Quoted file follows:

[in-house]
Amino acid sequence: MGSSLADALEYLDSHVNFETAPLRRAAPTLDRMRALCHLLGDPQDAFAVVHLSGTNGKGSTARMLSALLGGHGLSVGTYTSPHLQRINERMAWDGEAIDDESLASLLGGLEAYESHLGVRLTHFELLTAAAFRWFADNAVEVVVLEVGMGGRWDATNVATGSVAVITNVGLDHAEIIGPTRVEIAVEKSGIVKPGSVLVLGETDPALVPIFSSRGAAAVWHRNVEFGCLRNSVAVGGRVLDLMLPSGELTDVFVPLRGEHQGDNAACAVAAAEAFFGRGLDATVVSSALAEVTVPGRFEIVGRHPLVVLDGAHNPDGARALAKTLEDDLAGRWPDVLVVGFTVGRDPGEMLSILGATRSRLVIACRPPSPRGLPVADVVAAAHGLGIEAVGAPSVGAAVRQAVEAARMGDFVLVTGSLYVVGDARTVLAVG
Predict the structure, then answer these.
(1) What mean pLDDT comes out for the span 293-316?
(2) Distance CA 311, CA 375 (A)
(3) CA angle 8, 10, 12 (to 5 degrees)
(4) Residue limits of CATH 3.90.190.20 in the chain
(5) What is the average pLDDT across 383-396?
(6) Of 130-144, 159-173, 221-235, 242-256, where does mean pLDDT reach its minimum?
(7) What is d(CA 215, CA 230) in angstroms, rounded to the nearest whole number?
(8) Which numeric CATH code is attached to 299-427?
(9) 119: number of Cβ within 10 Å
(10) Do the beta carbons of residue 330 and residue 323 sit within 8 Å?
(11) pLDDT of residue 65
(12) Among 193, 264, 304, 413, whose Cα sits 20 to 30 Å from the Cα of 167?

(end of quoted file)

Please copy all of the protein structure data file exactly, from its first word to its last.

[in-house]
Amino acid sequence: MGSSLADALEYLDSHVNFETAPLRRAAPTLDRMRALCHLLGDPQDAFAVVHLSGTNGKGSTARMLSALLGGHGLSVGTYTSPHLQRINERMAWDGEAIDDESLASLLGGLEAYESHLGVRLTHFELLTAAAFRWFADNAVEVVVLEVGMGGRWDATNVATGSVAVITNVGLDHAEIIGPTRVEIAVEKSGIVKPGSVLVLGETDPALVPIFSSRGAAAVWHRNVEFGCLRNSVAVGGRVLDLMLPSGELTDVFVPLRGEHQGDNAACAVAAAEAFFGRGLDATVVSSALAEVTVPGRFEIVGRHPLVVLDGAHNPDGARALAKTLEDDLAGRWPDVLVVGFTVGRDPGEMLSILGATRSRLVIACRPPSPRGLPVADVVAAAHGLGIEAVGAPSVGAAVRQAVEAARMGDFVLVTGSLYVVGDARTVLAVG
Predict the structure, then answer these.
(1) What mean pLDDT comes out for the span 293-316?
(2) Distance CA 311, CA 375 (A)
(3) CA angle 8, 10, 12 (to 5 degrees)
(4) Residue limits of CATH 3.90.190.20 in the chain
(5) What is the average pLDDT across 383-396?
(6) Of 130-144, 159-173, 221-235, 242-256, where does mean pLDDT reach its minimum?
(7) What is d(CA 215, CA 230) in angstroms, rounded to the nearest whole number?
(8) Which numeric CATH code is attached to 299-427?
(9) 119: number of Cβ within 10 Å
(10) Do the beta carbons of residue 330 and residue 323 sit within 8 Å?
(11) pLDDT of residue 65
(12) Among 193, 264, 304, 413, whose Cα sits 20 to 30 Å from the Cα of 167?